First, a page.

AFT MA President Tom Gosnell on “NightSide” w/ Dan Rea

on WBZ AM 1030 September 29 @ 8:00 pm – 11:55 pm
WBZ AM 1030, Boston, MA

Hello All – On Thursday, September 29 at 8 pm I shall be on the Dan Rea show, WBZ 1030 am on the dial, regarding Question 2, the attempt to increase the number of charter schools. Former Rep. Marty Walz will represent the other side. I suspect the exchange will be quite robust. Call in questions are welcome. Call in to participate in the conversation about Question2 and other vital issues. 617.254.1030

You Can Help!

Stand-Out We invite any/all members to come stand out with us at the intersection of the 99 Restaurant and Cross Point (Chelmsford St. and Industrial Ave.) on Wednesday, September 21st, this week at 4:30 PM to hold logo-no-on-2 signs as we continue to mobilize for theNovember 8th election day Question #2! This is a very, very busy intersection and the more people we have, the better!  Voting no on question 2 means the current cap on charters will remain. It does not impact any existing charter schools. Please help us defeat this ballot initiative so that DESE is not allowed to approve 12 new charters every year forever!  We will have our usual weekly Phone Banking at the UTL office on Thursday at 5 PM. On Saturday this week at 4PM we will begin canvassing in the Reilly School neighborhood!  Staff at Reilly and Sullivan

Lawmakers hear call for standardized-testing moratorium

BOSTON — High-stakes high school testing came under fire Tuesday as teachers, parents and a slew of lawmakers
spoke out in favor of suspending the use of standardized testing as a graduation requirement, voicing concern over
a “testing culture” that puts undue pressure on students with minimal reward.
The Baker administration faces a decision later this year on whether to scrap the long-running MCAS exam in
favor of a new test — the PARCC exam — tied to the national Common Core curriculum standards. Some school
districts over the past two years, have been piloting the new exam, which education officials say will offer a better
gauge of preparedness for college.
Dozens of House and Senate lawmakers from both parties, however, have signed on to legislation that would
impose a three-year moratorium on the implementation of the PARCC exam, and suspend the use of MCAS results
as a graduation requirement or in evaluating teachers, schools and districts.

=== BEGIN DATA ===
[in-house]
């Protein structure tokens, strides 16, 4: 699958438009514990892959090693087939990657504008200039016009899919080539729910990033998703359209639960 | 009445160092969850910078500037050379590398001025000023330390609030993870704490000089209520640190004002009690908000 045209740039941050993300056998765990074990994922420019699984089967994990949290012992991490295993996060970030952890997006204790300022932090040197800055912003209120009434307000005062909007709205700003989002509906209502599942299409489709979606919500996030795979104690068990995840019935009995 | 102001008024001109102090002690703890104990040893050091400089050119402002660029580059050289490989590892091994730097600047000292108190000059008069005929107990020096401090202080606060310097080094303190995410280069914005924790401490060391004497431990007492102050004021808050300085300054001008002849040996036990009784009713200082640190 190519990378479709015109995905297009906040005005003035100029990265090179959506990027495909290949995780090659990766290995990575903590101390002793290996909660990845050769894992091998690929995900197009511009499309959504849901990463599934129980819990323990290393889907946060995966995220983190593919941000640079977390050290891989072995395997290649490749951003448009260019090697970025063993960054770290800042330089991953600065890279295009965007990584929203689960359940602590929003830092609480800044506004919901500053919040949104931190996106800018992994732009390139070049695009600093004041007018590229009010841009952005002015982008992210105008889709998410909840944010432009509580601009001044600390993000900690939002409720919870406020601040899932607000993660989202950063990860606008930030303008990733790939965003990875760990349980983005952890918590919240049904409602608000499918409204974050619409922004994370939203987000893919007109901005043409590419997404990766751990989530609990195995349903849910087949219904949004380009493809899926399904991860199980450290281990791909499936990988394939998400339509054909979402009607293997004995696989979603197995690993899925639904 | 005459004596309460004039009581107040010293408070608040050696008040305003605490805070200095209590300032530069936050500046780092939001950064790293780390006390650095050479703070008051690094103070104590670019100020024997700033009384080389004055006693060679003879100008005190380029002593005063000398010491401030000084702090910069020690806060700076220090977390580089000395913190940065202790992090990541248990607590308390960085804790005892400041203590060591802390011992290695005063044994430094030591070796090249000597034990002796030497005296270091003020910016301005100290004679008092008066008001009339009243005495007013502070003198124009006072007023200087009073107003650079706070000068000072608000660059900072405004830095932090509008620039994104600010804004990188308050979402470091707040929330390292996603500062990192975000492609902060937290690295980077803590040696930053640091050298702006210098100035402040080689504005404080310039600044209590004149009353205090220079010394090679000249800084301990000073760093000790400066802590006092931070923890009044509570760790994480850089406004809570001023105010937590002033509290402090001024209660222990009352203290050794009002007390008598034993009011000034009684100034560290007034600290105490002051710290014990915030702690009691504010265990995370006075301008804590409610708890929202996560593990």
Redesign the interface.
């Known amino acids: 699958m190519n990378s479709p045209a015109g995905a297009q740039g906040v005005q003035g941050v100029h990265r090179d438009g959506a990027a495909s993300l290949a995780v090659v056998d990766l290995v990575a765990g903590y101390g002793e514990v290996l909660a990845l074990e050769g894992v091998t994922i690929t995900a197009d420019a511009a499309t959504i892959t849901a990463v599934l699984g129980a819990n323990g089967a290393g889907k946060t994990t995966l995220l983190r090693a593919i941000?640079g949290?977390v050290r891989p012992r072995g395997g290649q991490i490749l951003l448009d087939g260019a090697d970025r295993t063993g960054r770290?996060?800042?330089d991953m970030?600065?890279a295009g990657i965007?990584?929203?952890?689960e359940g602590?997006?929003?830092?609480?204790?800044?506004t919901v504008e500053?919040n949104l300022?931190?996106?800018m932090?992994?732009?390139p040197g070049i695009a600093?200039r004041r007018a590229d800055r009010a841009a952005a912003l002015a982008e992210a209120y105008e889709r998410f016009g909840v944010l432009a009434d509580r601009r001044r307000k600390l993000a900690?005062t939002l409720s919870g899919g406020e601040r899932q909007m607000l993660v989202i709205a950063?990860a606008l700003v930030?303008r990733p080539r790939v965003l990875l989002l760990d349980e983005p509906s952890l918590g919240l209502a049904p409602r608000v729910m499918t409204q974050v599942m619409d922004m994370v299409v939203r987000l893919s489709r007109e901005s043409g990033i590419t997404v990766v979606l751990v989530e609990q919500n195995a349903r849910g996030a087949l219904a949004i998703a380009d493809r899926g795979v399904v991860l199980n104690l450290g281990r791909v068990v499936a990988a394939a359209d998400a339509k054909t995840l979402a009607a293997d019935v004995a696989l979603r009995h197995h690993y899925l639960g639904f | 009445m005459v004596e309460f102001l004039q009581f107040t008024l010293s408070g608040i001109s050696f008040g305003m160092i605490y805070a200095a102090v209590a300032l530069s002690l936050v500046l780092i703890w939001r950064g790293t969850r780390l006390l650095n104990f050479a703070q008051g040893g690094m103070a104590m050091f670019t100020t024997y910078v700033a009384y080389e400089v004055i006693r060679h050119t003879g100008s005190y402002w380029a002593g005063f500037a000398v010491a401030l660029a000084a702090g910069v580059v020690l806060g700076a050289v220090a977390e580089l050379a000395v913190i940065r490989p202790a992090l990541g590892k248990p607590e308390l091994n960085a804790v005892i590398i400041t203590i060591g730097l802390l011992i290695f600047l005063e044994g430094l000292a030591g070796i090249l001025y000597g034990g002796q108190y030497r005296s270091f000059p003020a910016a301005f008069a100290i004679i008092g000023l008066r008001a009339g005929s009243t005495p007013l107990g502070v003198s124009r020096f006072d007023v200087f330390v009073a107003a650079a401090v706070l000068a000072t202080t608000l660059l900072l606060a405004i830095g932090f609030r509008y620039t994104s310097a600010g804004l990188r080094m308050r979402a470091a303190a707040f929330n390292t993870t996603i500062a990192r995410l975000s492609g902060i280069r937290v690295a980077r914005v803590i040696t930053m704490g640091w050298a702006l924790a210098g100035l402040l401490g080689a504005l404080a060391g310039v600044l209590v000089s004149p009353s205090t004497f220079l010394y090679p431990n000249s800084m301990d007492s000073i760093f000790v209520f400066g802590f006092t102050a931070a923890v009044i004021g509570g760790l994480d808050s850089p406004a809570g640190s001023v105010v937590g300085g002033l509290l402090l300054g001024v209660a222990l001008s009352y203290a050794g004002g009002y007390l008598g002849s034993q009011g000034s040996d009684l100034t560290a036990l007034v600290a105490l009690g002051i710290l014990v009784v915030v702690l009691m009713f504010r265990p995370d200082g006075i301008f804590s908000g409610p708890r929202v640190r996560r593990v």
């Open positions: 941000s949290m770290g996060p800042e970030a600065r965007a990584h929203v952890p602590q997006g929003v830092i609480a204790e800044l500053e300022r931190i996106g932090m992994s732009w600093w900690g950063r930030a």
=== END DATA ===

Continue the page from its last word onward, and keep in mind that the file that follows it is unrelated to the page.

Rep. Marjorie Decker, the sponsor of the main testing reform bill (H 340), said students are being put under
extreme pressure to pass a standardized test that has not proven it can improve performance of students in lowincome
districts or prepare them for college.
The Cambridge Democrat, along with 53 House and Senate lawmakers who co-sponsored the bill, are calling for
the state to “take a deep breath” and set up a new Education Reform Review Task Force to evaluate the use of
mandatory students assessments.
Saying that she “bombed” every standardized test she took in school, Decker said, “I didn’t experience success until I was in college when standardized testing was no longer the measure of whether I was smart.”

The Joint Committee on Higher Education was forced to relocate its hearing to the larger Gardner Auditorium after hundreds of teachers, parents and advocates showed up to testify or listen. Many in attendance wore stickers that read: “Less testing; More Learning.”

Some teachers testified against the bill, arguing that standardized tests have been an effective motivator for students, helping to teach them perseverance when they encounter struggles knowing that they must overcome those challenges in order to graduate.

Education Commissioner Mitchell Chester also spoke out against the bills, calling them a “step backward” for Massachusetts that could jeopardize as much as $200 million in federal Title I funding to the state. Chester said if the bill passed the state’s current waiver from No Child Left Behind could be in jeopardy, either costing the state millions of federal dollars or flexibility in how they spend that funding.

Chester said Massachusetts’ resolve over the past 22 years to remain committed to the standards of the 1993 education reform law is one of the main reasons why student performance has gone from “strong to the strongest in the nation.”